Forcing vulnerable patients to make financial decisions under high-deductible plans takes clinical decisions out of physicians’ hands.
It sounds so innocuous and even empowering, this “consumer-directed-healthcare” idea that’s circling around.
What a nice way of saying that thousands more of the first dollars of the cost of care are being shifted to patients to keep rising premiums from crushing their employers and themselves. And that magical health savings account that further dilutes take-home pay is there for them to cover the copays and deductibles like it’s not real money.
Until something bad happens and it runs out, that is, and the whole scheme contributes mightily to the likelihood of that happening.
The RAND Corporation studied the impact of consumer-directed healthcare (CDHC) behaviors last year and determined that CDHC could save about $57 billion per year if enrollment grew to 50 percent of the non-elderly population. Participating patients were found to have fewer visits to specialists, fewer hospitalizations, and lower use of brand-name drugs - all of which lowered their costs.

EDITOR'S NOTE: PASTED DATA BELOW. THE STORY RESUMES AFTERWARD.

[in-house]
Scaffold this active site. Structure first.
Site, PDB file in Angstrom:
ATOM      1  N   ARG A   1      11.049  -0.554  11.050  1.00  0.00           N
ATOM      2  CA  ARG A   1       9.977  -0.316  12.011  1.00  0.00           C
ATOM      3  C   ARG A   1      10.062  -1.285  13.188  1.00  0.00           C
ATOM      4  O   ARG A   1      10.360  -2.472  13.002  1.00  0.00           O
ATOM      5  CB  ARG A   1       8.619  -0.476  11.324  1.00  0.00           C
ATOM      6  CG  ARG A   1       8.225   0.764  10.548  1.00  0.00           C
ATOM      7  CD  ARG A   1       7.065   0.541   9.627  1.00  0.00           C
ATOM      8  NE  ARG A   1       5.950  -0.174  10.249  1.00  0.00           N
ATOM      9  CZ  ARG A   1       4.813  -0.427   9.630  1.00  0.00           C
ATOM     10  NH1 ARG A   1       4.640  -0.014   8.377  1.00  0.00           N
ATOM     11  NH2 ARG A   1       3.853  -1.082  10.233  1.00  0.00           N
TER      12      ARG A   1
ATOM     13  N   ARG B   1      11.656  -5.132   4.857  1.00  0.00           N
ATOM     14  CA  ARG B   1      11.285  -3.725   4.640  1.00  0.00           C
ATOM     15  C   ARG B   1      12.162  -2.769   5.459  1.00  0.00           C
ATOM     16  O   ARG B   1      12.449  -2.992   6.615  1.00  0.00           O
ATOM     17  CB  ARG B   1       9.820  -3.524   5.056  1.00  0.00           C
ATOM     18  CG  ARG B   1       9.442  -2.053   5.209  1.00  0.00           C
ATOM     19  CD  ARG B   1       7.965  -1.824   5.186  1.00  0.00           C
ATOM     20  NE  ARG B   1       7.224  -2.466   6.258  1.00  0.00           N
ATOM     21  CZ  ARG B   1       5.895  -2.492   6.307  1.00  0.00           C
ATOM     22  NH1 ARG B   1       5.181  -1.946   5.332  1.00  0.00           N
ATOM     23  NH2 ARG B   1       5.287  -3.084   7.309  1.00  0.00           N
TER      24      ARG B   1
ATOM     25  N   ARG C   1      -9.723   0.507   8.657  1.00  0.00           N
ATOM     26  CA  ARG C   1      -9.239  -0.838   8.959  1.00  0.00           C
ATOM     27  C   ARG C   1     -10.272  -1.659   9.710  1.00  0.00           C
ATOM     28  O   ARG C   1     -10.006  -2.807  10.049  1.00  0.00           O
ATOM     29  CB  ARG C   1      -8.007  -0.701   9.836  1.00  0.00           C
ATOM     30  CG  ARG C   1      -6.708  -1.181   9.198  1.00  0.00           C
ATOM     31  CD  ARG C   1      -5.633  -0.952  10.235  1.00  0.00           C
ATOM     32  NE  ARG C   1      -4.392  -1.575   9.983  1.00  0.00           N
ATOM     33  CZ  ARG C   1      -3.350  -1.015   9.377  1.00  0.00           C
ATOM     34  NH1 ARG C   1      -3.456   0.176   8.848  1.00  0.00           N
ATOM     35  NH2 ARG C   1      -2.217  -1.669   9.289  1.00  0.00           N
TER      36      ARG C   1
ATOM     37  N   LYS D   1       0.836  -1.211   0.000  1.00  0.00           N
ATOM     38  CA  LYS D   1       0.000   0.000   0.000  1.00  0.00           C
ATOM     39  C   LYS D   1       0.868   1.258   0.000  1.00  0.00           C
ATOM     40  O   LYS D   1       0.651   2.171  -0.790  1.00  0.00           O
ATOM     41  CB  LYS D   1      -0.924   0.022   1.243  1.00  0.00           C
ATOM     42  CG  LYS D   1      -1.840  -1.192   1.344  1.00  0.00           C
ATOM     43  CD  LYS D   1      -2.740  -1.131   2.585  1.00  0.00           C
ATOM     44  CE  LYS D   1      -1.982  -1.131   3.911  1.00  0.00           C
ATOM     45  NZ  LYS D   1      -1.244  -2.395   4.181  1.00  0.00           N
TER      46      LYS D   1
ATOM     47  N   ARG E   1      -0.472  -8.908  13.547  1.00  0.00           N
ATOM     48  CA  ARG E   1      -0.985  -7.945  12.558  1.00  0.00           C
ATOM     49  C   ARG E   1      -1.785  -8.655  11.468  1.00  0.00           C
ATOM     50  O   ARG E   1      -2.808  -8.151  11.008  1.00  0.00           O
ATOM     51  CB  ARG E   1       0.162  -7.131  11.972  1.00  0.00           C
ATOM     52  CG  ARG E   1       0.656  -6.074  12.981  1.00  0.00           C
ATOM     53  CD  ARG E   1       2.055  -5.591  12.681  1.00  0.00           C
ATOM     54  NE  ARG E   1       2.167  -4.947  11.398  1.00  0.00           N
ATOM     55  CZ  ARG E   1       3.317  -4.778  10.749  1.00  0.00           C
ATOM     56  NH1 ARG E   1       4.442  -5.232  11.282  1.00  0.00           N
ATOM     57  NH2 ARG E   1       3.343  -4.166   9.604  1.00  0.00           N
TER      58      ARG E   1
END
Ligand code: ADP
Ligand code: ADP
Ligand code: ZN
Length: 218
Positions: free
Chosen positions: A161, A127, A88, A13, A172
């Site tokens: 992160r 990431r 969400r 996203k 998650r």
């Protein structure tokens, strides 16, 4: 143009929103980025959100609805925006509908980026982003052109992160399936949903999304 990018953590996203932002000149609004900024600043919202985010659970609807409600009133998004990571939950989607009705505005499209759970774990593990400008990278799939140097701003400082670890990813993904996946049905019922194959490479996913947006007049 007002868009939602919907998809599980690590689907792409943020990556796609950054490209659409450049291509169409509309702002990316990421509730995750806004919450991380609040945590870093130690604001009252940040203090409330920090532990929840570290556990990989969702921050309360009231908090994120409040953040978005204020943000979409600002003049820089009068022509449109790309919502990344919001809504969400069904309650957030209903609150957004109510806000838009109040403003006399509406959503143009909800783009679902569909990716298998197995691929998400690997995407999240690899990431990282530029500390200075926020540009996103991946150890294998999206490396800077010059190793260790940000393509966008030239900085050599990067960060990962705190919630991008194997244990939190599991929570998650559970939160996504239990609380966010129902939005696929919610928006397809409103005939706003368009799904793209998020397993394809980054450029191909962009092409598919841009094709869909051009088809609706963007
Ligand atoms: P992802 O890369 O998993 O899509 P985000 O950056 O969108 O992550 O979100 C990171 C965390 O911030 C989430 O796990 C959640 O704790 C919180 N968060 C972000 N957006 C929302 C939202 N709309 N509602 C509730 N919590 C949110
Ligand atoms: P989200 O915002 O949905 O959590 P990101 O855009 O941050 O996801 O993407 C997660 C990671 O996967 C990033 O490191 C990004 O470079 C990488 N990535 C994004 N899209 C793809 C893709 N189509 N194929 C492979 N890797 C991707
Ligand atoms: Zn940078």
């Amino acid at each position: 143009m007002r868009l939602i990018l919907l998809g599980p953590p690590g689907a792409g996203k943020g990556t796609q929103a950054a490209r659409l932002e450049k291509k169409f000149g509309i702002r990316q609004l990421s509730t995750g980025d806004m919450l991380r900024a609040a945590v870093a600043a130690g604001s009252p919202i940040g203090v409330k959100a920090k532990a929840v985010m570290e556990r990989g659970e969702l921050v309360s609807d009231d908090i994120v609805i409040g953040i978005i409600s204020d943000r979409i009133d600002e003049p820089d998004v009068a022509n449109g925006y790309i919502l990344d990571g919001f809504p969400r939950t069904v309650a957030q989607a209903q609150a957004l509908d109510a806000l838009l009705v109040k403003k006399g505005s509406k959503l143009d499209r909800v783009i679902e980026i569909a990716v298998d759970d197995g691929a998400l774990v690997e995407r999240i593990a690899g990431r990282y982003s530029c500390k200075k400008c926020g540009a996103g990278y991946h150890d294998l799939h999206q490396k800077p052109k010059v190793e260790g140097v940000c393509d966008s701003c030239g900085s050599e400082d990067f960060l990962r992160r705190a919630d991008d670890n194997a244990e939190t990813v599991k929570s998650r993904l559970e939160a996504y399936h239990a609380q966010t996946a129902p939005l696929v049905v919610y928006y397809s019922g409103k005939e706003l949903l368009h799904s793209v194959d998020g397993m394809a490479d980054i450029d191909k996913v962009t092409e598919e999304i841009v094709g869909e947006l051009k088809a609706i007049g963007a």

Researchers also found that patients elected between three and five percent fewer screenings for things like cancer during the study period. Just staying there for a moment, the 50 percent marker is about 85 million people. Taking the median four percent passing on cancer screenings alone is 3.4 million fewer screenings. Just a two percent increase in advanced cancer missed because screenings were declined by patients is 68,000 more cases at an average of $100,000 per case, or $68 billion in added costs. Annually.
The bad news for physicians and other healthcare providers who are being shifted to pay-for-performance, shared-savings, and risk-reimbursement programs is that they will eat those added costs down the road. Down the road, by the way, is everyone being shifted to those programs. Add a bunch of other missed screenings and the price tag for this policy becomes so high that even the federal government would blanch, and they should, because Medicare will be on the hook for much of that cost.
The RAND researchers noted that “Reduction in preventive services might have unintended negative consequences to long-term health and costs if diseases are not detected early.” Looking through the literature, this observation was duly noted, and, curiously, no one, including RAND, thought to expand that finding to its logical conclusion and to monetize it.
RAND should, and soon. The organization has the data and hyping the immediate savings without calculating the consequences with equal diligence is disingenuous, and potentially disastrous to people, providers, and our economy.